Are you the best at what you do in your opinion?
Absolutely not, because thinking you’ve become the best at something means you don’t think you can get any better, and I never want to lose my humility. Do I take pride in the way that I write lyrics and think I stand out if people give me the chance? Absolutely. But I also look back at my album and still have thoughts of wishing I could tweak things more because ultimately there’s still an insecure, terrified teenager inside of me who doesn’t think he’s worth anything and hanging on to that pushes me to always want to get better, learn more, and never get complacent. It truly is a journey for me, never a destination.
What are your plans for the near future?
After my album drops on the 26th of June, I’m going to really be working to put out music videos every month until I’ve done one for every song on the record (I’ve already put out 3). My day job is running a video production team at a marketing agency, and I’ve always been as much a visual storyteller as a musical storyteller.
When I put my EP outback in 2018, I ended up making a video for each of the 5 songs, and when I thought about the best way to promote my album for as long as possible, I figured why not do the same thing now? And I also still love long-form storytelling, so next year, once all of the videos are out,
I’m already working on a full visual version of the album that will include all of the music videos in order and then little visual + musical interludes between the songs to tell a full story of the album. Other than that, I actually had a number of electric gigs booked in NYC before the pandemic began, so really looking forward to things progressing safely so we can get back to live music!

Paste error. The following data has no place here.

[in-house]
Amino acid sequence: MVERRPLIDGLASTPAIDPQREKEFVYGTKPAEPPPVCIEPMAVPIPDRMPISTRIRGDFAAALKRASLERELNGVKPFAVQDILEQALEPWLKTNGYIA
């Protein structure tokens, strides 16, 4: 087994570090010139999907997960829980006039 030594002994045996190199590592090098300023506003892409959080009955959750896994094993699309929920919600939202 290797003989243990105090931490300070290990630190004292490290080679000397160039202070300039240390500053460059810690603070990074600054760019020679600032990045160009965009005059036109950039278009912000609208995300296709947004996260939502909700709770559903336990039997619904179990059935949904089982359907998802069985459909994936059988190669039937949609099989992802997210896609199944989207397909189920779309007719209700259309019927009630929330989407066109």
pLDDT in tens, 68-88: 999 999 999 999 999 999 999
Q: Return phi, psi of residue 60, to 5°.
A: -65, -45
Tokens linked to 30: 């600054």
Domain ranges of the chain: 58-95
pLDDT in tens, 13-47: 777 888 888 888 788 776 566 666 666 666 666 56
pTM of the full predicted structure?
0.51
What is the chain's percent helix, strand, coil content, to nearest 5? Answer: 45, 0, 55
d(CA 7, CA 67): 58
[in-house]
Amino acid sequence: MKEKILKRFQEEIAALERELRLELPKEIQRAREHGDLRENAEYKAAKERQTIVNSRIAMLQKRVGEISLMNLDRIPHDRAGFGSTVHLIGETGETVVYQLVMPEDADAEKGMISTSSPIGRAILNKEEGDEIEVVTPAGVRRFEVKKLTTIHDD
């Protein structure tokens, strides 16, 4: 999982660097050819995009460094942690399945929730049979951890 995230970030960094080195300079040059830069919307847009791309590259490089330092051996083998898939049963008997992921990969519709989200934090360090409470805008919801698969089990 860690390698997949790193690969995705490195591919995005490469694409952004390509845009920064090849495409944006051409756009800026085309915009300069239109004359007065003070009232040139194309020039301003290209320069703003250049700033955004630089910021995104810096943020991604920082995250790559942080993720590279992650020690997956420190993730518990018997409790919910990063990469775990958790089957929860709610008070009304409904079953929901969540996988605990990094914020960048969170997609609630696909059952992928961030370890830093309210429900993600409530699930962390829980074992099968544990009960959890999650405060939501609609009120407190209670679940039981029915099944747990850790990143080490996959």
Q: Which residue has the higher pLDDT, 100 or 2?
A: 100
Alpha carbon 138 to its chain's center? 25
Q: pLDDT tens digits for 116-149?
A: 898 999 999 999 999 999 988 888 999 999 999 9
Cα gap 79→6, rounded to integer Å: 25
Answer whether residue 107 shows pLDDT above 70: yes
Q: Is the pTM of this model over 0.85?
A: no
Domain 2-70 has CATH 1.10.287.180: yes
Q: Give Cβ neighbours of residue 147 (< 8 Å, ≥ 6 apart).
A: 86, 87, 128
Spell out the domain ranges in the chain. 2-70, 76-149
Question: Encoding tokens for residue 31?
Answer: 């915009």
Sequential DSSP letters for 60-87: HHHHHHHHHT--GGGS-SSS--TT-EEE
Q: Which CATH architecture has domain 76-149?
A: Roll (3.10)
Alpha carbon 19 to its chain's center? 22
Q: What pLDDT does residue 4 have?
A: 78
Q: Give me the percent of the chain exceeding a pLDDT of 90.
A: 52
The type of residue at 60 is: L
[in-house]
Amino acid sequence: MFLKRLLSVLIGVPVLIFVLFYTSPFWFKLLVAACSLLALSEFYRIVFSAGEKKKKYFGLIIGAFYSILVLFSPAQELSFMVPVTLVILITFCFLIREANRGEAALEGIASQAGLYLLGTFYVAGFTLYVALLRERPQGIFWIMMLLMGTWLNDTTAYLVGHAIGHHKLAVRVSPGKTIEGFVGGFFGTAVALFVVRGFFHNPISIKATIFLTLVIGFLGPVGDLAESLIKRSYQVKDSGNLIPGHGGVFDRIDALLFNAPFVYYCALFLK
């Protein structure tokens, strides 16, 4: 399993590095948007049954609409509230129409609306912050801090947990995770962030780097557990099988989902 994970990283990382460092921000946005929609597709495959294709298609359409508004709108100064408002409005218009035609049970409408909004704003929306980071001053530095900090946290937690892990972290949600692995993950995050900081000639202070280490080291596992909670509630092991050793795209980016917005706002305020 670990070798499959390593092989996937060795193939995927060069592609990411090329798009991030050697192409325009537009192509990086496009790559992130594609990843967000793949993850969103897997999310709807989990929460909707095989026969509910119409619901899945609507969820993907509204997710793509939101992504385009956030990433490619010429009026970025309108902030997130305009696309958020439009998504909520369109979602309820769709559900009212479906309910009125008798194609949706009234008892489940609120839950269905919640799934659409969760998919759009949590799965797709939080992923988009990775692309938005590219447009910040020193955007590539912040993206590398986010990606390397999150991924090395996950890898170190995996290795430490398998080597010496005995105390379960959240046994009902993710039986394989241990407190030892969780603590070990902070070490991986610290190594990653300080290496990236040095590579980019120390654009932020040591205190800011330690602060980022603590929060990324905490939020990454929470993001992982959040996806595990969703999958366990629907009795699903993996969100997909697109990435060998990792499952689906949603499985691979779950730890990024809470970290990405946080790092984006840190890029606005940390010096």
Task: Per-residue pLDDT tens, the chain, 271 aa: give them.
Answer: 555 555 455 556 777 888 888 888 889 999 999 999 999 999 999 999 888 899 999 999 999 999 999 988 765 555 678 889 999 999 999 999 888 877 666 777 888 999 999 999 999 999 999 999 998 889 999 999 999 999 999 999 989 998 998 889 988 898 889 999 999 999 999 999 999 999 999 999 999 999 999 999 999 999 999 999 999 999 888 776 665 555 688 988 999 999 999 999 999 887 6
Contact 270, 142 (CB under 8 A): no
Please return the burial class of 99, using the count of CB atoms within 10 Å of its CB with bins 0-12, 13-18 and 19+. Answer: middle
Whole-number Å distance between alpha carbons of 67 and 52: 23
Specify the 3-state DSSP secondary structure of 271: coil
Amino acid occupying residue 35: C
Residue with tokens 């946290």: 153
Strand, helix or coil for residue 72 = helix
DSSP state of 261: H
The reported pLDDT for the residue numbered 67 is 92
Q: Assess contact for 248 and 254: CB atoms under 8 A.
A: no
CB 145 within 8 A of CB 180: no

Is there anyone you’d like to thank, any shout outs?
A massive thanks to my mom for all of her contributions to this album behind the scenes. As a single mom, she’s always put my needs and interests before hers, so I can only hope to use my music to return the favor someday. Also a huge shout out to my valiant producer Steve. We became fast friends and share the same musical intuition, so it was such a pleasure to work with him on this one. And he’s a fantastic guitar player who lends a number of different moments on the album that really take it to the next level.
How can fans find you?
What suggestions do you have for other artist like yourself?
Fall in love with the grind. There are no shortcuts and no guarantees, so control what you can control. Whether it’s dedicating time every day to rehearsing, trying and failing over and over on different promotional tactics, or pushing your writing or producing when it would be easy to settle into a formula.
If you’re able to fall in love with these things, it will make everything else around you that much more enjoyable as well. And at the end of the day, do it because you love it, not because you want to get rich or be adored by screaming fans or travel the world. It’s cliche, but I could spend 14 hours in a studio working on music and never get bored, never thinking about the end results. And if those things do happen, great! But if they don’t, the only way you’ll ever get there is by loving everything you do when nobody’s watching or paying attention to you.